Change to Framework for Proving Disability in North Carolina Supreme Court’s Landmark Wilkes Decision

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In addition to creating a medical presumption for accepted claims, the North Carolina Supreme Court’s decision in Wilkes v. City of Greenville has significantly altered the landscape for proving disability.  The Court has held that an employee can prove a disability outside of the four methods outlined in Russell v. Lowes Product Distribution.  The Court…

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Watch for Potential Permitting Pitfalls

The North Carolina Residential Property Disclosure Form gives sellers of real property the option of disclosing the existence of room additions, structural changes, and violations of building codes and zoning ordinances, if any, or to make “no representations.” Even where a seller makes no representations, however, a real estate licensee with knowledge of any of…

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Landmark Decision by North Carolina Supreme Court: Practical Implications for Claims Administration Following Wilkes

On Friday, June 9, 2017, the North Carolina Supreme Court issued its eagerly anticipated decision in Wilkes v. City of Greenville, in significant part, unanimously affirming the Court of Appeals. Wilkes involves two primary issues. First, whether Johnnie Wilkes failed to meet his burden of establishing that his anxiety and depression were the result of…

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Second Circuit to Rehear Case Considering Whether Title VII Includes Sexual Orientation as a Protected Class

The Second Circuit,* (serving six districts within the states of Connecticut, New York, and Vermont) will reconsider its position, currently aligned with the vast majority of federal Circuits, that Title VII of the Civil Rights Act of 1964 does not include sexual orientation as a protected class.  Title VII prohibits discrimination in the employment context…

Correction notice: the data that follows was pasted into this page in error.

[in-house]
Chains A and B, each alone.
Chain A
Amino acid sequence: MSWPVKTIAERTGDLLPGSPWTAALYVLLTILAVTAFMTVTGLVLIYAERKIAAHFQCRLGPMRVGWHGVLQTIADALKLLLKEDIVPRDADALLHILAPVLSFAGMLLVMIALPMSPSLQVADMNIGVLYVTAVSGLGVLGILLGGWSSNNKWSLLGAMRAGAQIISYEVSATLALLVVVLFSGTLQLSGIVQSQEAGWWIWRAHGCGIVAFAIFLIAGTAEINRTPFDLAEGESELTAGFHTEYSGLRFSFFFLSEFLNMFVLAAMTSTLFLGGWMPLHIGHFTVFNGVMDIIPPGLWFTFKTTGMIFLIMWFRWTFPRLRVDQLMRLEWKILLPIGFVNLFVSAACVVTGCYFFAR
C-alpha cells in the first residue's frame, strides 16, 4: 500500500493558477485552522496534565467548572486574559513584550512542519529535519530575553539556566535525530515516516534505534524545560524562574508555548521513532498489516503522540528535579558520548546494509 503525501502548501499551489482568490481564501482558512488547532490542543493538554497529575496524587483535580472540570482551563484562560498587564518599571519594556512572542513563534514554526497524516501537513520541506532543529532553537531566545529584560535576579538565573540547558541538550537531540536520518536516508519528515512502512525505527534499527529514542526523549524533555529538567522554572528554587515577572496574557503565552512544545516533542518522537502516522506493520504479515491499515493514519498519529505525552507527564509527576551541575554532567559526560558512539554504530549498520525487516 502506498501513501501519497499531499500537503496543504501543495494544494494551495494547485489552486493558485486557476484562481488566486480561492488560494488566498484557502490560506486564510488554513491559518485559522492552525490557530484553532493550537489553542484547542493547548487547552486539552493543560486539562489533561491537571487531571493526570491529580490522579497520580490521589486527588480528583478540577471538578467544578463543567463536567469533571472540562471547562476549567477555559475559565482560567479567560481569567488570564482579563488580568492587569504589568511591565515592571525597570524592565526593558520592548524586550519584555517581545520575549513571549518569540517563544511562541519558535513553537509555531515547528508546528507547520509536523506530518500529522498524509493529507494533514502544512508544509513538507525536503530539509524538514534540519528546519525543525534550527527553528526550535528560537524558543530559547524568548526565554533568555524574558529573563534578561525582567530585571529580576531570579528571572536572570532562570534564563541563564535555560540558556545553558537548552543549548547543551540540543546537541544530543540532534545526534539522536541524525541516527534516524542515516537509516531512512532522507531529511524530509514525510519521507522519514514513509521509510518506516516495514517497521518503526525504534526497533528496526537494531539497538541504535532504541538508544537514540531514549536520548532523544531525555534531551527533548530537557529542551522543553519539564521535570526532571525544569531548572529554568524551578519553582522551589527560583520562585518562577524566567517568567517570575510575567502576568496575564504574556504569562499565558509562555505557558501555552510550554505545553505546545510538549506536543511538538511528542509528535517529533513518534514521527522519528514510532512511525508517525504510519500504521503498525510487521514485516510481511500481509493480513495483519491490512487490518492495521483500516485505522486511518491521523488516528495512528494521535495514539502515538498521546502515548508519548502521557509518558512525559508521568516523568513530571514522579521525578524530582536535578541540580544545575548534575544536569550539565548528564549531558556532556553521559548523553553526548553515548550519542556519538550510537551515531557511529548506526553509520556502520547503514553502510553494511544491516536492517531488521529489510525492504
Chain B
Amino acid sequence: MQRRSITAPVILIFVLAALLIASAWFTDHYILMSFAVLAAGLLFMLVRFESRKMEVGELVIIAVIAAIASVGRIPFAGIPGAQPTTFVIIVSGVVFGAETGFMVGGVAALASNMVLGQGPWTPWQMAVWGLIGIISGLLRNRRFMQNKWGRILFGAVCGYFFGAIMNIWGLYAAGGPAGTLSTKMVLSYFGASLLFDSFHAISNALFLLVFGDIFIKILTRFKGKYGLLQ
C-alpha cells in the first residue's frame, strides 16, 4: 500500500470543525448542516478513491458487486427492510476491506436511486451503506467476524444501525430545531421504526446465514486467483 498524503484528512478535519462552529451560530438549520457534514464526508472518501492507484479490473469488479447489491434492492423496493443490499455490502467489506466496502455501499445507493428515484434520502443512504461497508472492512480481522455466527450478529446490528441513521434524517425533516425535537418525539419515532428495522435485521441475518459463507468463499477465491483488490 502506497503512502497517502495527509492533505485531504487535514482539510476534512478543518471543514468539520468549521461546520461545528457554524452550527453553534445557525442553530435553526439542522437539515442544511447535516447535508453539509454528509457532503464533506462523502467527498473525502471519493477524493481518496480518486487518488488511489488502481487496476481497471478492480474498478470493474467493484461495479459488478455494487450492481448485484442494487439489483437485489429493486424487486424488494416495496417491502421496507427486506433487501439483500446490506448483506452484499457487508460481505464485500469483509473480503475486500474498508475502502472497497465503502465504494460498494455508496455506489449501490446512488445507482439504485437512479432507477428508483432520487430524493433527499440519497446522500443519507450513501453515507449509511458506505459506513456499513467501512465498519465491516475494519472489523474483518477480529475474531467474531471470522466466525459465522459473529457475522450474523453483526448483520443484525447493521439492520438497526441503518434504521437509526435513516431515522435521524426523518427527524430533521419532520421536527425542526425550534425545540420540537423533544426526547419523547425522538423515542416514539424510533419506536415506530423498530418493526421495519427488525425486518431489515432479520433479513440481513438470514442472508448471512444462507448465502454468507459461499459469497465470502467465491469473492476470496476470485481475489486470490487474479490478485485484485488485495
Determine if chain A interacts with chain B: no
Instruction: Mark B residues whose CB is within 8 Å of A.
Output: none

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Obeying the Unwritten Rules

Walker v. North Carolina State Board of Dental Examiners and Its Meaning for Professional Licensees in North Carolina North Carolina currently has fifty-five occupational licensing agencies. These agencies regulate professions including law, medicine, engineering, surveying, therapy, and real estate. Generally, the agencies regulate their particular professions by enforcing rules of ethics and practice. Their rules are…

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NC COA Examines Whether an Employee’s Injury Arose Out of and in the Course of His Employment When Commission Finds Employee Was “Joyriding”

When Plaintiffs are injured at work under circumstances which raise the question of whether the precipitating activity was “in furtherance of” versus “incidental to” the job duties assigned and the employer’s interest, the North Carolina Courts will look closely at the nature of the activity and the behavior immediately prior to the incident to determine…

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North Carolina Court of Appeals Rules Drug Test, Background Check Constitutes “Last Act” Necessary to Create Employment Contract

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In Holmes v. Associate Pipe Line Contractors, Inc., the Court of Appeals determined that post-offer contingencies, such as background checks and drug testing, constitute the “last act” necessary to create a contract of employment. On October 29, 2013, Plaintiff, who was living in North Carolina, was contacted via telephone by a union representative and offered…

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Joint Employment Under the Fair Labor Standards Act

A List of Do’s and Do Not’s for North Carolina General Contractors in a post-Salinas Era. In Salinas v. Commercial Interiors, Inc., 848 F.3d 125 (4th Cir. 2017), the 4th Circuit Court of Appeals laid out a new test for determining when two or more individuals or corporate entities should be considered “joint employers” of…

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Drone Liability & Litigation Podcast

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Recently, Partners Bill Bulfer and Bryan Simpson were featured in a Ringler Radio podcast discussing drone liability and litigation. An unmanned aerial vehicle (UAV), commonly known as a drone, is an aircraft without a human pilot aboard. Drones were originally associated by the military, but are now used for other purposes, with estimates of over…

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